This blog post is a continuation of the conversation between the Packard Foundation’s Carlin Johnson Politzer and Solidaire Network's Rajasvini Bhansali about the work of Solidaire Network and what Bhansali and her team have gathered about the importance of partnership and trust in philanthropy and movement building. Read Part 1 here. 

As part of the Packard Foundation’s commitment to racial justice and equity, we have joined with Solidaire Network in providing $20 million to the Black Liberation Pooled Fund, which allocates grant funding to primarily Black-led multiracial organizations around the country working for social change. 

Please note: the interview has been edited for length and clarity. 

Politzer: Talk about giving beyond the check. It’s really approaching this work and this grantmaking in a holistic way and thinking about the grantee beyond the dollars that are being sent to them. The next phase of funding from the Black Liberation Pooled Fund is centered on the idea of investing in the Black movement ecosystem. Can you talk a bit about what you mean by Black movement ecosystem and some of the elements of that work?

Bhansali: Yes, this is where my heart really soars, and I feel really excited. If there’s one thing we have seen a tremendous amount of in the last several years, it’s been the power of Black genius and Black creativity — not only in resisting racism, White supremacy, and oppression, but also in the midst of it, creating a future that actually liberates all of us. Many of the ideas that are being gestated in Black communities all around the United States are incredible solutions that the world needs. And they’re intersectional. They are in fact, solutions that handle the climate crisis, solutions that make livelihoods and sustainable economies possible, solutions that actually work at the intersection of gender justice and democracy preservation.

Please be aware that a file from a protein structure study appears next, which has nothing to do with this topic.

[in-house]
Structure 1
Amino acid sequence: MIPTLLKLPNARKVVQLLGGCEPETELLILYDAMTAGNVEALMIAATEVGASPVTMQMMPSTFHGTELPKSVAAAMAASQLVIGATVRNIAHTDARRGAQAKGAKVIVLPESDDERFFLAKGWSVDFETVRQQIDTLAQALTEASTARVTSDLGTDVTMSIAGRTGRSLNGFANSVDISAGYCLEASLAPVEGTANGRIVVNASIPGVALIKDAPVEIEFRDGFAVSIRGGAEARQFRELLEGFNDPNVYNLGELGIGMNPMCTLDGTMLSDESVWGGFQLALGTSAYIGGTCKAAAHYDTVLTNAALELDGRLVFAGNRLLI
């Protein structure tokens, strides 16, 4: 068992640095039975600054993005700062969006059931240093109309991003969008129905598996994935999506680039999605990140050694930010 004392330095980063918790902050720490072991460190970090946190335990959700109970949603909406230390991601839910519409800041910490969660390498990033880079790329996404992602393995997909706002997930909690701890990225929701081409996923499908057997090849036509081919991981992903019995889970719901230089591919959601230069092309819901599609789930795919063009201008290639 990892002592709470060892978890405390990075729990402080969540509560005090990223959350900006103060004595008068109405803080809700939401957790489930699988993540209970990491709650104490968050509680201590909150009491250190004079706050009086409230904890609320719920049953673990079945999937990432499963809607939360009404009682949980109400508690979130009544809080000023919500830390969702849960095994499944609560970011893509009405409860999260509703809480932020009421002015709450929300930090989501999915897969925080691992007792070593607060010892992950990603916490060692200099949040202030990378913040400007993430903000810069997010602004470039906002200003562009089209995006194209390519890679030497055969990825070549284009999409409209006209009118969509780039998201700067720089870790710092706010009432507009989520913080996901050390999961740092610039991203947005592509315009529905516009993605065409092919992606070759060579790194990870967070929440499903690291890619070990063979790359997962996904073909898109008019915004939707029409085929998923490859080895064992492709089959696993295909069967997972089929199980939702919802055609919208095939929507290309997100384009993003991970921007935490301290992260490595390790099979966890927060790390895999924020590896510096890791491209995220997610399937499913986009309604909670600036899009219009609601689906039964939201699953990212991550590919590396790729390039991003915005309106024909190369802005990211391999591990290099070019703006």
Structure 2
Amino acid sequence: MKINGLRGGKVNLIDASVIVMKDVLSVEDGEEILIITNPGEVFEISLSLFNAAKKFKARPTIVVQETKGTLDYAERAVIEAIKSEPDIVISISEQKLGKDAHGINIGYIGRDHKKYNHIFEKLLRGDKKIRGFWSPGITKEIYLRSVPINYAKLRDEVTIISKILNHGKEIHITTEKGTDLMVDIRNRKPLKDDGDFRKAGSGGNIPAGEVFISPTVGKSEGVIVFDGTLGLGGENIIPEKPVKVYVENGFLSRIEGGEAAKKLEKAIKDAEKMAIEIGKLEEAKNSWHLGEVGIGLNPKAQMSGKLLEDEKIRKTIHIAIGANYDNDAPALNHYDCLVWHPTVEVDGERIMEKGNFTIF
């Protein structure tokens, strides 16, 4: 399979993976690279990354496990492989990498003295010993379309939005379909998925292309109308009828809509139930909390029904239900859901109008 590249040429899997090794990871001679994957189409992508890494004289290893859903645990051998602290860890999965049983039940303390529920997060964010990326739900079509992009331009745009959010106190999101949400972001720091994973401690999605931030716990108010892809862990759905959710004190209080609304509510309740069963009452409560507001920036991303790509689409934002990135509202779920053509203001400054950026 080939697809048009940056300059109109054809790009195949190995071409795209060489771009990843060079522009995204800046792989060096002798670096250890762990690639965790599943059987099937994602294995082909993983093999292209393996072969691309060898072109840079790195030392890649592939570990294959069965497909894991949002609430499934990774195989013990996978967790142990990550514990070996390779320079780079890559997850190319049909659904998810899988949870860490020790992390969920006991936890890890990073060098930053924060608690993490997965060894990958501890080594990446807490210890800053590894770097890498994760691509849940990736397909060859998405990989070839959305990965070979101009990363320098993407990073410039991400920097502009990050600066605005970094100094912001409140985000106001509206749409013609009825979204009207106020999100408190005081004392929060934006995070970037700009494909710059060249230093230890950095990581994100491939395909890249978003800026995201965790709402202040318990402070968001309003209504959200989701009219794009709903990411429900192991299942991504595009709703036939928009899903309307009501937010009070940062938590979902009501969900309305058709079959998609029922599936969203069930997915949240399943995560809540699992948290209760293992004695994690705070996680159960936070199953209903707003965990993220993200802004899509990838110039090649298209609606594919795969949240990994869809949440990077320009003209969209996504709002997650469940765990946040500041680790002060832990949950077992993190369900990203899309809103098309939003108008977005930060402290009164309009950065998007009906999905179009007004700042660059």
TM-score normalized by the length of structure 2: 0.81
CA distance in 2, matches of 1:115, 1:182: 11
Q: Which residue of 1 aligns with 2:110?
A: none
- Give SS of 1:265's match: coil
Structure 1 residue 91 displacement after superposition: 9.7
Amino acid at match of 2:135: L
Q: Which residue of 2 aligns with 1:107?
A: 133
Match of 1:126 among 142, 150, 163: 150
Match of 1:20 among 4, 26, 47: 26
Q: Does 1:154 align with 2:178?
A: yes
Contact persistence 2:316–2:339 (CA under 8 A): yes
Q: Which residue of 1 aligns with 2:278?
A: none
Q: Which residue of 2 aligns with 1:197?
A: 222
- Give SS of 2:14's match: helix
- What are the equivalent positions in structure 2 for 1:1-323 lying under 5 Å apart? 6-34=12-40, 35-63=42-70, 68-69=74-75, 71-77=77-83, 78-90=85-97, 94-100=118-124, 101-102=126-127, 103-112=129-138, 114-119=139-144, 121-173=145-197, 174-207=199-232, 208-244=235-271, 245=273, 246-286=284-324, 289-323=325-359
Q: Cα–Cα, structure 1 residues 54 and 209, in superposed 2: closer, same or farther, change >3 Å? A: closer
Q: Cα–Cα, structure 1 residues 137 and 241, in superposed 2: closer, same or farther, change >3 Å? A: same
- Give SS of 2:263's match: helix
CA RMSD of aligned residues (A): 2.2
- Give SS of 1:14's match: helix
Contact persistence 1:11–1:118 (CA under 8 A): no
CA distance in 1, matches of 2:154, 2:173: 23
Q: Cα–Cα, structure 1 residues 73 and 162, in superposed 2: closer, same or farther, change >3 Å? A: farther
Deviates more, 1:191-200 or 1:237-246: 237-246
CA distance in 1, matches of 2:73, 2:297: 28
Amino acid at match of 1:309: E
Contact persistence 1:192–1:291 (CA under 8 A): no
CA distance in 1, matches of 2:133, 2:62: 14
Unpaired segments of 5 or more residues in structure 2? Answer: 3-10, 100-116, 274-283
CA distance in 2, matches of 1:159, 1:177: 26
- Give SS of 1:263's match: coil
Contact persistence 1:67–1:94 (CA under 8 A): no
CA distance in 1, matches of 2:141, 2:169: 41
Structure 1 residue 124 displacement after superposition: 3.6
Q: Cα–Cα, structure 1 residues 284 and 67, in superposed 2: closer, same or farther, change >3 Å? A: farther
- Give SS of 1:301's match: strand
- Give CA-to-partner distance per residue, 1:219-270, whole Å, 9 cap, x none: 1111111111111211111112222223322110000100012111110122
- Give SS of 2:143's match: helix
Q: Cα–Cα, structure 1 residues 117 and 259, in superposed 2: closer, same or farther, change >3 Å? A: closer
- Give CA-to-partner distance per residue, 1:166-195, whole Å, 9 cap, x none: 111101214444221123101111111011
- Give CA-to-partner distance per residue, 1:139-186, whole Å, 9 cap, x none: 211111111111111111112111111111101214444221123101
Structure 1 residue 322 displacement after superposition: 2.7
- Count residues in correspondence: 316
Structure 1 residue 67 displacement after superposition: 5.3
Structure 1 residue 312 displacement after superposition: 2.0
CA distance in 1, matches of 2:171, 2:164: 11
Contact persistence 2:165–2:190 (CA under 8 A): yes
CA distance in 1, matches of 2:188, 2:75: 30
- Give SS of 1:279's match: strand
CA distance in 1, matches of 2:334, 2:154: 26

By showing up responsively and in right relationship — which means not extracting knowledge from the communities that we seek to serve but being a partner — we trust that, when they articulate their needs, that it’s based on a process of community assessment.

Read the full article about supporting social justice movements at The David and Lucile Packard Foundation.